DEVELOPMENT VS ENVIRONMENT
One of the biggest challenges facing governments as the new century unfolds is how to balance environmental protection with the demands of powerful multinational corporations.
By Danielle Knight
Washington: If deterioration of the global environment over the past several decades is any guide, the coming century does not hold out much promise for reversing these trends, many environmentalists are warning as the millennium comes to a close.
Rising Earth temperatures, record losses in biodiversity and species extinction, increasing demands and dwindling supplies of fresh water, only seem to be getting worse.
'If I look at the global environmental trends that we have been tracking since we first launched the Worldwatch Institute 25 years ago, and if I simply extrapolate these trends a few years into the next century, the outlook is alarming to say the least,' says Lester Brown, president of the Washington-based think-tank.
On the up-side, the past several decades has seen citizens and environmental groups, or non-governmental organisations (NGOs), worldwide pulling together in unprecedented numbers to pressure governments to pass laws to protect the ozone layer, ban toxic chemicals in the environment, reduce air and water pollution, and protect endangered species and habitats.
Seeking a balance between economic development and environmental protection, NGOs have played a major role in shaping international environmental treaties, including the UN Convention on Biological Diversity, the Kyoto Protocol on Climate Change, and the Basel Convention, which bans exporting hazardous wastes from industrialised nations to developing countries. Yet as the millennium pulls to a close, the political and financial structure of the world economy, which has become increasingly dominated by powerful multinational corporations, is directly at odds with efforts to promote a healthy Earth, says Joshua Karliner, executive director of the Transnational Resource and Action Centre, the San Francisco-based corporate watchdog.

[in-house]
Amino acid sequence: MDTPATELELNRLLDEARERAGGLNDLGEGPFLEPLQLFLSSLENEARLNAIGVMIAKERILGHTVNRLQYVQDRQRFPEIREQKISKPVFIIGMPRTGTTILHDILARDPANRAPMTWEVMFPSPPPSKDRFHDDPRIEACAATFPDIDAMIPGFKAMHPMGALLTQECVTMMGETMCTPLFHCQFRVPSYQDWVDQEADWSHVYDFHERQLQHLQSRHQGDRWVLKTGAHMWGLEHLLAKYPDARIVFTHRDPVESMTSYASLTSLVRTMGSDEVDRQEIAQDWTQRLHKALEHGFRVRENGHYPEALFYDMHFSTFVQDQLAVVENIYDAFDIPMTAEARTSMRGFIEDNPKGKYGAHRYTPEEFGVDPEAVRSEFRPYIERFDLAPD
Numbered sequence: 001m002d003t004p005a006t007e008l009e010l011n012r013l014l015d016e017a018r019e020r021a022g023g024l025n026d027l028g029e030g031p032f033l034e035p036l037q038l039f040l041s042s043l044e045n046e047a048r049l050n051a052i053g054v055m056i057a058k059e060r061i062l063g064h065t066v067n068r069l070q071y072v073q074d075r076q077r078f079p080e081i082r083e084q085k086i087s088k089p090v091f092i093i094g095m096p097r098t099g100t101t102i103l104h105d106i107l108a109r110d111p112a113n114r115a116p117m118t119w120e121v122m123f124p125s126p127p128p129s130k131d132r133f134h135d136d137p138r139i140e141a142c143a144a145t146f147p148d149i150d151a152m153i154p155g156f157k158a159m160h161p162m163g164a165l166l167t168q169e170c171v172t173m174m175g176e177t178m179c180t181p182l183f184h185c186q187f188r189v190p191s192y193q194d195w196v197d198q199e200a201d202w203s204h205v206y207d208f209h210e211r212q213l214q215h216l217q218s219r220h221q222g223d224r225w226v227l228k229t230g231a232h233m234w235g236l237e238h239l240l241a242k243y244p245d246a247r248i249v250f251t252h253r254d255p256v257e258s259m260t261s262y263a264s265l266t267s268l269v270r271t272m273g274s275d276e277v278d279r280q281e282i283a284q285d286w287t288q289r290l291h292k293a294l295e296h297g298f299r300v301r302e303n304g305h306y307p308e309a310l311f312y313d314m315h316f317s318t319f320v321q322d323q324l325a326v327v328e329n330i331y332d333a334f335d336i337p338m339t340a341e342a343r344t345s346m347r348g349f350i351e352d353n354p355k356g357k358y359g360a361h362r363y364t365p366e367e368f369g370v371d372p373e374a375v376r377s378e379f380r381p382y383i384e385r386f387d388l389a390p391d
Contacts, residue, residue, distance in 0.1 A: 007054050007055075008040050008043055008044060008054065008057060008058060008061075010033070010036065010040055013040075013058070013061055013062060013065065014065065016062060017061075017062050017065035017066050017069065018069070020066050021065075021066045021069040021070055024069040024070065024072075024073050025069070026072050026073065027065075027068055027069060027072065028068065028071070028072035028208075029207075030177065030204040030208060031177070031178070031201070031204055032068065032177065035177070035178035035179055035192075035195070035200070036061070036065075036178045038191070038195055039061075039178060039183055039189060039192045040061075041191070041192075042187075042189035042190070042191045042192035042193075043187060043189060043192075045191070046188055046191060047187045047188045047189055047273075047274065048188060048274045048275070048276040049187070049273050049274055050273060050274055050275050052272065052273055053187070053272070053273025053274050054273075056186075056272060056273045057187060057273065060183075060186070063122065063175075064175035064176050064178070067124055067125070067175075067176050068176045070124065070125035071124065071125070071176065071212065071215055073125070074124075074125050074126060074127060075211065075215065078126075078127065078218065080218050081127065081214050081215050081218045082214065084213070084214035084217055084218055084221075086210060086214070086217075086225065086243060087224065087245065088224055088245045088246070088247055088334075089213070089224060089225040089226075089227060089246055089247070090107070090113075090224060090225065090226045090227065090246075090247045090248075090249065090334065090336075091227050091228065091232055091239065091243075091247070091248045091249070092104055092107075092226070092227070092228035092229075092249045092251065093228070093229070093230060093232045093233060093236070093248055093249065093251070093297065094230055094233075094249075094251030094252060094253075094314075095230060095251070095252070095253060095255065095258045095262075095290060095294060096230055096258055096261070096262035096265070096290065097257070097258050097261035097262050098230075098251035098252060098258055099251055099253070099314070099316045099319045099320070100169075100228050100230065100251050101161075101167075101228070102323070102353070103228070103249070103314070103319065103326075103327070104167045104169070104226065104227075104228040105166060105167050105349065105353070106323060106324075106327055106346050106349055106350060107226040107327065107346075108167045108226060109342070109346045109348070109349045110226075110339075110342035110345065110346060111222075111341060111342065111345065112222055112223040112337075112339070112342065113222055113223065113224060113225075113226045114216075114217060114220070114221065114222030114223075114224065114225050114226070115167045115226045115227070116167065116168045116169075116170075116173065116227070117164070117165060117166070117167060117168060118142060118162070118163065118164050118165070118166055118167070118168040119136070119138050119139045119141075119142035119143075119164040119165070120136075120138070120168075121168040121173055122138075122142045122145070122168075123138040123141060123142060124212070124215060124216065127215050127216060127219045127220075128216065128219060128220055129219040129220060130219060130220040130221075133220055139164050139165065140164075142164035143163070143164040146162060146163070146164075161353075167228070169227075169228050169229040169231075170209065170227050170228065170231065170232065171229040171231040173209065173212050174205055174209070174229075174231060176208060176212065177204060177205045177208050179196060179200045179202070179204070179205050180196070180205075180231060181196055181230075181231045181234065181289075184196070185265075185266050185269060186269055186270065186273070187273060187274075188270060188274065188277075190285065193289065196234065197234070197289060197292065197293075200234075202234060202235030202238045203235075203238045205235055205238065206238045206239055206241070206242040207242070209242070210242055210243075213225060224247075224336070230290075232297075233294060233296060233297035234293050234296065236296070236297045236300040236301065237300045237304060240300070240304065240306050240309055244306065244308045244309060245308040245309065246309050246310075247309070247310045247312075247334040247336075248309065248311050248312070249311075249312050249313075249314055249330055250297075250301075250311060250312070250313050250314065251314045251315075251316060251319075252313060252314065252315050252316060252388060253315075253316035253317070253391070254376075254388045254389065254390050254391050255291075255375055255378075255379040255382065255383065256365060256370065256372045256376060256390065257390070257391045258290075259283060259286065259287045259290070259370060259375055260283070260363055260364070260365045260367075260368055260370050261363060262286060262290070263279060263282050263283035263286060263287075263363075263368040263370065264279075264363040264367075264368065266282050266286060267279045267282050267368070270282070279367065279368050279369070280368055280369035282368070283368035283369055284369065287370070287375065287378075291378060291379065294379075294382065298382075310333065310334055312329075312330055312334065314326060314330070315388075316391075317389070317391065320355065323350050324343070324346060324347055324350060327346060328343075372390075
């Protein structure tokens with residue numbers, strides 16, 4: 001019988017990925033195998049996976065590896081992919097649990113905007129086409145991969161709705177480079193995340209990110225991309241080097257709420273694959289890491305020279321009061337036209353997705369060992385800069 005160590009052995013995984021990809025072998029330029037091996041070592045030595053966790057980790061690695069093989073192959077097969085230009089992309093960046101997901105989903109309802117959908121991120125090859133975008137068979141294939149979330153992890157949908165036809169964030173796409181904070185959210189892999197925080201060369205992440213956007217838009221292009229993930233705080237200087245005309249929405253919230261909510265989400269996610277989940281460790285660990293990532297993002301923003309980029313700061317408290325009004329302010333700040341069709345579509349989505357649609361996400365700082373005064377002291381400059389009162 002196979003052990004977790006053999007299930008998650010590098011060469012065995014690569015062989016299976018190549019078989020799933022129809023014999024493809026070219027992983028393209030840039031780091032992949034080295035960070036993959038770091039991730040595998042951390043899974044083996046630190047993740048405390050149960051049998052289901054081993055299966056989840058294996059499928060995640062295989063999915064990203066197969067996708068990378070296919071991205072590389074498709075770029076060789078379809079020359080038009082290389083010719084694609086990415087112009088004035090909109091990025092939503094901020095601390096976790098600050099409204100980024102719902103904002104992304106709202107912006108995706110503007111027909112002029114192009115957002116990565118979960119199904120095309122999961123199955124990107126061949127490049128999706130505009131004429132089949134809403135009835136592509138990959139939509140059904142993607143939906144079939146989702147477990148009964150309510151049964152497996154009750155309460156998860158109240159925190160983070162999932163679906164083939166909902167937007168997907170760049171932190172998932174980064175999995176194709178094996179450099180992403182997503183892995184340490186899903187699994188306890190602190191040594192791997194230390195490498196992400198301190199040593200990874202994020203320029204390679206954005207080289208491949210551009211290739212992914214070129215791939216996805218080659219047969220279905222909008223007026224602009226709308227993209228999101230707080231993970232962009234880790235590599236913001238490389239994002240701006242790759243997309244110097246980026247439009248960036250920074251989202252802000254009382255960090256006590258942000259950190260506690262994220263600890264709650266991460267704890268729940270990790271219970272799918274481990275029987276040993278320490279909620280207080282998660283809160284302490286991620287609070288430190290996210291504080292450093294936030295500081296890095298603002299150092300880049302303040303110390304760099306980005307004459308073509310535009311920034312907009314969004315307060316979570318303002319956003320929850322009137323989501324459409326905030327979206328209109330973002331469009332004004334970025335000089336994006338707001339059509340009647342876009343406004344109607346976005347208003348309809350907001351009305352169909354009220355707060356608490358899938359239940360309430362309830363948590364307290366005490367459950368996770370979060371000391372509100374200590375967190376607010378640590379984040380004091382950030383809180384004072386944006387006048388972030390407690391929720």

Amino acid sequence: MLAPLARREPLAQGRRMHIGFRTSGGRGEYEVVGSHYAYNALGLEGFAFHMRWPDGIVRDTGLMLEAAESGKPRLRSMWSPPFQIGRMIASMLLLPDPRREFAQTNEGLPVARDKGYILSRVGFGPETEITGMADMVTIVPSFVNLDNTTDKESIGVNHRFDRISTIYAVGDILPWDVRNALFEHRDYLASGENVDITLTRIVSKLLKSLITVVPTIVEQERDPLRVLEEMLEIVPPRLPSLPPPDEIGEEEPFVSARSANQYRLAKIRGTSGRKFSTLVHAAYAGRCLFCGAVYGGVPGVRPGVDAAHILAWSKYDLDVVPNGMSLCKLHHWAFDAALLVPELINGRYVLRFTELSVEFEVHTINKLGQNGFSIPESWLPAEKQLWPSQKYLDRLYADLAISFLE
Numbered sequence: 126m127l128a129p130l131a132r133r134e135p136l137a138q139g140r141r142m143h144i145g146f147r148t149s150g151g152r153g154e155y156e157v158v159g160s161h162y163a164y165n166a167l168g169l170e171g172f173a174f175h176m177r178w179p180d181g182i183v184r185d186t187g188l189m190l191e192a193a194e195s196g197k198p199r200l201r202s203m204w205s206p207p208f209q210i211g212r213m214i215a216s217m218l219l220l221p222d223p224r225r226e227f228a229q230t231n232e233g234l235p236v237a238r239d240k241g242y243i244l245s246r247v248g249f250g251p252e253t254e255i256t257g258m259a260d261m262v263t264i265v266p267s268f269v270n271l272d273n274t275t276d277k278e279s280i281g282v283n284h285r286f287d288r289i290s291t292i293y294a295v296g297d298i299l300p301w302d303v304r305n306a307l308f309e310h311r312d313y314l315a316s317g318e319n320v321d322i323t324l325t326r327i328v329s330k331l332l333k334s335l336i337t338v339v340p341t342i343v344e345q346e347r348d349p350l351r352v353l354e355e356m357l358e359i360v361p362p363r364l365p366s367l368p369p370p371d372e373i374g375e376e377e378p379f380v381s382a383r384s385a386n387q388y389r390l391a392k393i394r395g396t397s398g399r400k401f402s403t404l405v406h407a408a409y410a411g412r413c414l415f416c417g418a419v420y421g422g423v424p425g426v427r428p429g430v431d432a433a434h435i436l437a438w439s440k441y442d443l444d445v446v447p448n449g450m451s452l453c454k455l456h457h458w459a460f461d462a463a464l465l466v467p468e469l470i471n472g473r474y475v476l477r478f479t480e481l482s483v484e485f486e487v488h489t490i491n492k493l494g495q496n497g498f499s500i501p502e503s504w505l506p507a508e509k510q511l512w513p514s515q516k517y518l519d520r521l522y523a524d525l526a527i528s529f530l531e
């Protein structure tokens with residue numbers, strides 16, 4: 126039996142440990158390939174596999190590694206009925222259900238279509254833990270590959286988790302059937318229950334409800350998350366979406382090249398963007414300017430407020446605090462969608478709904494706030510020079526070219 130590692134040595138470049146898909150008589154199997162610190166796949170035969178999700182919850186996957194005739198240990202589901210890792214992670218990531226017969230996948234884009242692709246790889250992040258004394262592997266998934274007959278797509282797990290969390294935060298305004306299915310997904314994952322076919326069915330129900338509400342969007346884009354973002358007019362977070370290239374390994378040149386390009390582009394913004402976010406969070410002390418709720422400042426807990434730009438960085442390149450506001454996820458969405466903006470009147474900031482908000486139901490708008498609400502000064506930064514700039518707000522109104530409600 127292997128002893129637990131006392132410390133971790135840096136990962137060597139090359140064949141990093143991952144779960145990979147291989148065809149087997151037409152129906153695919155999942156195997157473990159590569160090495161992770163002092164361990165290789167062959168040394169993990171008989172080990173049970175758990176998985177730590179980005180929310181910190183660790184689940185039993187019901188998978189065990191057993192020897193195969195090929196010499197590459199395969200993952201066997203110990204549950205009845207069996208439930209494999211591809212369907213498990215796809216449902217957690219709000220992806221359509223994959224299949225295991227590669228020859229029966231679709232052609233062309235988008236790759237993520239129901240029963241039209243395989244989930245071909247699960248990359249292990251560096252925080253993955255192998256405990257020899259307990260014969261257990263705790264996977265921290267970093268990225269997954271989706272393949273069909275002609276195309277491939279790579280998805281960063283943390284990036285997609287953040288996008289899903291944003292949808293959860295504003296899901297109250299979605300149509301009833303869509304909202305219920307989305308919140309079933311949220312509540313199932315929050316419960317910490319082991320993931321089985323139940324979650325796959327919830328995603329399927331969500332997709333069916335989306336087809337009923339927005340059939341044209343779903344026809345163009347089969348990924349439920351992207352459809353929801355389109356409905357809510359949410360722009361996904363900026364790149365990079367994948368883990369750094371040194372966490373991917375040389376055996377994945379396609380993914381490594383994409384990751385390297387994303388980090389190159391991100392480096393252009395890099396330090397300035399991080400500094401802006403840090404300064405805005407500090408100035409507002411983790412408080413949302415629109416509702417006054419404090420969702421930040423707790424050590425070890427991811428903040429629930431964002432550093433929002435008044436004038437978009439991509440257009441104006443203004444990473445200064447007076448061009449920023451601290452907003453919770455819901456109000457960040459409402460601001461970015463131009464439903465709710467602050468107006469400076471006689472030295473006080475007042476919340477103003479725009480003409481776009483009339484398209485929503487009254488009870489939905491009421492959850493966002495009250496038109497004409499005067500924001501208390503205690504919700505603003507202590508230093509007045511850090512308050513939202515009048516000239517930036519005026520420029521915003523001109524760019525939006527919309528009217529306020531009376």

One clear example of this, says Karliner, has been the success of powerful multinational oil and gas industries in swaying the US Senate against ratifying the Kyoto Protocol on climate change, an international treaty seeking to reduce emissions of heat-trapping 'greenhouse' gases.
Scientists believe that such emissions, caused by the burning of fossil fuels, will warm the Earth and result in drastic climate change, including increasing the intensity and frequency of floods, droughts, and storms.
If current record-breaking warming trends continue, average global temperatures could rise between 1 and 3.5 degrees centigrade by the year 2050, according to expert studies.
'The challenge in the 21st century is to replace the corporate-dominated paradigm that worships the bottom-line with a framework that puts the environment, human rights, and labour rights first,' says Karliner.
In the past several decades, NGOs have applied a diverse array of strategies to counter corporate power including promoting laws to protect the environment, developing lawsuits against governments and corporations, and passing company shareholder resolutions.